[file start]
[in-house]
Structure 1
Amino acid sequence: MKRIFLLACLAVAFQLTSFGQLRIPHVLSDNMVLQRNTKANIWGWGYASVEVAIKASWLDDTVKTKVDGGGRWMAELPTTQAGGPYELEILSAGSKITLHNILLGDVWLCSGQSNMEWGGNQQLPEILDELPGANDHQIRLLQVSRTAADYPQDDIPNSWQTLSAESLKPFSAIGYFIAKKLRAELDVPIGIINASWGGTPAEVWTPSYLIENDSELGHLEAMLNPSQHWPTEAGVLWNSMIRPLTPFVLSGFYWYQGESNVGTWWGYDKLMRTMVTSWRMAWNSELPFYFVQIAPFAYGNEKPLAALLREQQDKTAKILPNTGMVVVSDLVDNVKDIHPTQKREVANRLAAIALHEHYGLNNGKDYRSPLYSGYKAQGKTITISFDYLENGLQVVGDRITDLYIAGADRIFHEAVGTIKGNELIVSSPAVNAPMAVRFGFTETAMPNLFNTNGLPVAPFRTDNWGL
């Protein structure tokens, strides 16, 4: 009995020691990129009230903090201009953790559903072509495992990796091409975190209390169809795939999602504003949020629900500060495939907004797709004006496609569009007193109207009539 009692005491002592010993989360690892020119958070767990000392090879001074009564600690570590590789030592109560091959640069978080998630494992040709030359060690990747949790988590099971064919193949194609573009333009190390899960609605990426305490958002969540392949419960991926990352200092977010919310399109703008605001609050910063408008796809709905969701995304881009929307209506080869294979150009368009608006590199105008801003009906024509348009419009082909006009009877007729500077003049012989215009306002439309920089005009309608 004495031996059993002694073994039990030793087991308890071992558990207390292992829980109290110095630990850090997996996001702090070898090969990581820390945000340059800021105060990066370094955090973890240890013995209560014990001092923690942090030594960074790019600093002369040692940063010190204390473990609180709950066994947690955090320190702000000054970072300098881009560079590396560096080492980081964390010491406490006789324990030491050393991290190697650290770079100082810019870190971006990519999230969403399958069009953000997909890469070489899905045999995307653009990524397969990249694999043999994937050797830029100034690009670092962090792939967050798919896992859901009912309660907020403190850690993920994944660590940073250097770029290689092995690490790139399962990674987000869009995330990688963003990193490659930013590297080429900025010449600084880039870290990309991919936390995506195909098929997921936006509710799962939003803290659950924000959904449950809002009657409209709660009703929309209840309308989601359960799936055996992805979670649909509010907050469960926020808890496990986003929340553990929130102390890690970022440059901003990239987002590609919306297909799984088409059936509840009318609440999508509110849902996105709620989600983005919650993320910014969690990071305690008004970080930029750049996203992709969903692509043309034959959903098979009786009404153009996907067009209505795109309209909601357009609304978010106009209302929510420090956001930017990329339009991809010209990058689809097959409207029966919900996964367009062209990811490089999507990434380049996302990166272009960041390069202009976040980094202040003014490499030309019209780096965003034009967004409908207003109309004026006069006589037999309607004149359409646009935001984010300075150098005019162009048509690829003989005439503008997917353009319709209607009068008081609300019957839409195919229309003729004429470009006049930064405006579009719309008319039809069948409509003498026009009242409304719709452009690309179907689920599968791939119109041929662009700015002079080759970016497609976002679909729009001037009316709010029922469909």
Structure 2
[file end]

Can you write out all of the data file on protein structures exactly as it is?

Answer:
[in-house]
Structure 1
Amino acid sequence: MKRIFLLACLAVAFQLTSFGQLRIPHVLSDNMVLQRNTKANIWGWGYASVEVAIKASWLDDTVKTKVDGGGRWMAELPTTQAGGPYELEILSAGSKITLHNILLGDVWLCSGQSNMEWGGNQQLPEILDELPGANDHQIRLLQVSRTAADYPQDDIPNSWQTLSAESLKPFSAIGYFIAKKLRAELDVPIGIINASWGGTPAEVWTPSYLIENDSELGHLEAMLNPSQHWPTEAGVLWNSMIRPLTPFVLSGFYWYQGESNVGTWWGYDKLMRTMVTSWRMAWNSELPFYFVQIAPFAYGNEKPLAALLREQQDKTAKILPNTGMVVVSDLVDNVKDIHPTQKREVANRLAAIALHEHYGLNNGKDYRSPLYSGYKAQGKTITISFDYLENGLQVVGDRITDLYIAGADRIFHEAVGTIKGNELIVSSPAVNAPMAVRFGFTETAMPNLFNTNGLPVAPFRTDNWGL
């Protein structure tokens, strides 16, 4: 009995020691990129009230903090201009953790559903072509495992990796091409975190209390169809795939999602504003949020629900500060495939907004797709004006496609569009007193109207009539 009692005491002592010993989360690892020119958070767990000392090879001074009564600690570590590789030592109560091959640069978080998630494992040709030359060690990747949790988590099971064919193949194609573009333009190390899960609605990426305490958002969540392949419960991926990352200092977010919310399109703008605001609050910063408008796809709905969701995304881009929307209506080869294979150009368009608006590199105008801003009906024509348009419009082909006009009877007729500077003049012989215009306002439309920089005009309608 004495031996059993002694073994039990030793087991308890071992558990207390292992829980109290110095630990850090997996996001702090070898090969990581820390945000340059800021105060990066370094955090973890240890013995209560014990001092923690942090030594960074790019600093002369040692940063010190204390473990609180709950066994947690955090320190702000000054970072300098881009560079590396560096080492980081964390010491406490006789324990030491050393991290190697650290770079100082810019870190971006990519999230969403399958069009953000997909890469070489899905045999995307653009990524397969990249694999043999994937050797830029100034690009670092962090792939967050798919896992859901009912309660907020403190850690993920994944660590940073250097770029290689092995690490790139399962990674987000869009995330990688963003990193490659930013590297080429900025010449600084880039870290990309991919936390995506195909098929997921936006509710799962939003803290659950924000959904449950809002009657409209709660009703929309209840309308989601359960799936055996992805979670649909509010907050469960926020808890496990986003929340553990929130102390890690970022440059901003990239987002590609919306297909799984088409059936509840009318609440999508509110849902996105709620989600983005919650993320910014969690990071305690008004970080930029750049996203992709969903692509043309034959959903098979009786009404153009996907067009209505795109309209909601357009609304978010106009209302929510420090956001930017990329339009991809010209990058689809097959409207029966919900996964367009062209990811490089999507990434380049996302990166272009960041390069202009976040980094202040003014490499030309019209780096965003034009967004409908207003109309004026006069006589037999309607004149359409646009935001984010300075150098005019162009048509690829003989005439503008997917353009319709209607009068008081609300019957839409195919229309003729004429470009006049930064405006579009719309008319039809069948409509003498026009009242409304719709452009690309179907689920599968791939119109041929662009700015002079080759970016497609976002679909729009001037009316709010029922469909």
Structure 2